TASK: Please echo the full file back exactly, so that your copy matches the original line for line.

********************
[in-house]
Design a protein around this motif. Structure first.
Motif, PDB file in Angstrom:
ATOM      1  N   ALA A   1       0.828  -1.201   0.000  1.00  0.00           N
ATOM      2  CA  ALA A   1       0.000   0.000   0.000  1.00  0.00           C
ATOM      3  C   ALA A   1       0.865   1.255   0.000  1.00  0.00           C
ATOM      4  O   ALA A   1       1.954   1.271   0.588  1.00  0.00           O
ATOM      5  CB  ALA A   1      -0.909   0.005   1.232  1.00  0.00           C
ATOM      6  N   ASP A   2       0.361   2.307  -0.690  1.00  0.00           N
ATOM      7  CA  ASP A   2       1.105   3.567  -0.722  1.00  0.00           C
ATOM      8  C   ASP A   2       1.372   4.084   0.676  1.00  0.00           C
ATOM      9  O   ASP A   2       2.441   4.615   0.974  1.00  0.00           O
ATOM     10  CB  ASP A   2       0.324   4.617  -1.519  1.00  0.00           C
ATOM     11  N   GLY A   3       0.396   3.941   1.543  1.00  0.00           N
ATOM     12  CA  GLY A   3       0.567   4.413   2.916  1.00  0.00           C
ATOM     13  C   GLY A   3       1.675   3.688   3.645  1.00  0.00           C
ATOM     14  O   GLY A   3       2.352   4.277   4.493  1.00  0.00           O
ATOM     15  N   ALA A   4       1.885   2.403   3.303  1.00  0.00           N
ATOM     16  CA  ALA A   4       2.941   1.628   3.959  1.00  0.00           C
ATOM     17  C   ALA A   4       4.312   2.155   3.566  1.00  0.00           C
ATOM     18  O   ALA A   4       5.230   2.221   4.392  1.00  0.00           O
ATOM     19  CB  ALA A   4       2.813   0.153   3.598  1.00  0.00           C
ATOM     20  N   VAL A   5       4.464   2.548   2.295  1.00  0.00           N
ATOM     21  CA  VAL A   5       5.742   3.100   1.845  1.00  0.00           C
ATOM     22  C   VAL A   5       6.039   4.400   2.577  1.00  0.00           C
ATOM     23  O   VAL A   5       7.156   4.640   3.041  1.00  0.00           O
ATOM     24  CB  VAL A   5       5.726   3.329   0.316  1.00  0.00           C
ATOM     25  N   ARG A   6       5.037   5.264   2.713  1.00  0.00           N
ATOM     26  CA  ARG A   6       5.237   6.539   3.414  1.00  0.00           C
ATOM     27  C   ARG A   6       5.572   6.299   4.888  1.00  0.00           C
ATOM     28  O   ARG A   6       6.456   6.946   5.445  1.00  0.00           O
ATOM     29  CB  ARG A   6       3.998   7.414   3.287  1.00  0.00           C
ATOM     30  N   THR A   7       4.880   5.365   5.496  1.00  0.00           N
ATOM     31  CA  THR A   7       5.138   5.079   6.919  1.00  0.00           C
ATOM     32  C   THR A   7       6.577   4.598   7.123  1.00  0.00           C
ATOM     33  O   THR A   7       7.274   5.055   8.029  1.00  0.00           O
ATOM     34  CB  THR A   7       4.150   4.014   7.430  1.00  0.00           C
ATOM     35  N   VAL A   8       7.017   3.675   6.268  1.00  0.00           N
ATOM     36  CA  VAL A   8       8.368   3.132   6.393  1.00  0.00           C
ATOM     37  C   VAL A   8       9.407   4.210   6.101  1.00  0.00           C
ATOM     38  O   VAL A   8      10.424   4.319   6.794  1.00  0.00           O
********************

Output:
[in-house]
Design a protein around this motif. Structure first.
Motif, PDB file in Angstrom:
ATOM      1  N   ALA A   1       0.828  -1.201   0.000  1.00  0.00           N
ATOM      2  CA  ALA A   1       0.000   0.000   0.000  1.00  0.00           C
ATOM      3  C   ALA A   1       0.865   1.255   0.000  1.00  0.00           C
ATOM      4  O   ALA A   1       1.954   1.271   0.588  1.00  0.00           O
ATOM      5  CB  ALA A   1      -0.909   0.005   1.232  1.00  0.00           C
ATOM      6  N   ASP A   2       0.361   2.307  -0.690  1.00  0.00           N
ATOM      7  CA  ASP A   2       1.105   3.567  -0.722  1.00  0.00           C
ATOM      8  C   ASP A   2       1.372   4.084   0.676  1.00  0.00           C
ATOM      9  O   ASP A   2       2.441   4.615   0.974  1.00  0.00           O
ATOM     10  CB  ASP A   2       0.324   4.617  -1.519  1.00  0.00           C
ATOM     11  N   GLY A   3       0.396   3.941   1.543  1.00  0.00           N
ATOM     12  CA  GLY A   3       0.567   4.413   2.916  1.00  0.00           C
ATOM     13  C   GLY A   3       1.675   3.688   3.645  1.00  0.00           C
ATOM     14  O   GLY A   3       2.352   4.277   4.493  1.00  0.00           O
ATOM     15  N   ALA A   4       1.885   2.403   3.303  1.00  0.00           N
ATOM     16  CA  ALA A   4       2.941   1.628   3.959  1.00  0.00           C
ATOM     17  C   ALA A   4       4.312   2.155   3.566  1.00  0.00           C
ATOM     18  O   ALA A   4       5.230   2.221   4.392  1.00  0.00           O
ATOM     19  CB  ALA A   4       2.813   0.153   3.598  1.00  0.00           C
ATOM     20  N   VAL A   5       4.464   2.548   2.295  1.00  0.00           N
ATOM     21  CA  VAL A   5       5.742   3.100   1.845  1.00  0.00           C
ATOM     22  C   VAL A   5       6.039   4.400   2.577  1.00  0.00           C
ATOM     23  O   VAL A   5       7.156   4.640   3.041  1.00  0.00           O
ATOM     24  CB  VAL A   5       5.726   3.329   0.316  1.00  0.00           C
ATOM     25  N   ARG A   6       5.037   5.264   2.713  1.00  0.00           N
ATOM     26  CA  ARG A   6       5.237   6.539   3.414  1.00  0.00           C
ATOM     27  C   ARG A   6       5.572   6.299   4.888  1.00  0.00           C
ATOM     28  O   ARG A   6       6.456   6.946   5.445  1.00  0.00           O
ATOM     29  CB  ARG A   6       3.998   7.414   3.287  1.00  0.00           C
ATOM     30  N   THR A   7       4.880   5.365   5.496  1.00  0.00           N
ATOM     31  CA  THR A   7       5.138   5.079   6.919  1.00  0.00           C
ATOM     32  C   THR A   7       6.577   4.598   7.123  1.00  0.00           C
ATOM     33  O   THR A   7       7.274   5.055   8.029  1.00  0.00           O
ATOM     34  CB  THR A   7       4.150   4.014   7.430  1.00  0.00           C
ATOM     35  N   VAL A   8       7.017   3.675   6.268  1.00  0.00           N
ATOM     36  CA  VAL A   8       8.368   3.132   6.393  1.00  0.00           C
ATOM     37  C   VAL A   8       9.407   4.210   6.101  1.00  0.00           C
ATOM     38  O   VAL A   8      10.424   4.319   6.794  1.00  0.00           O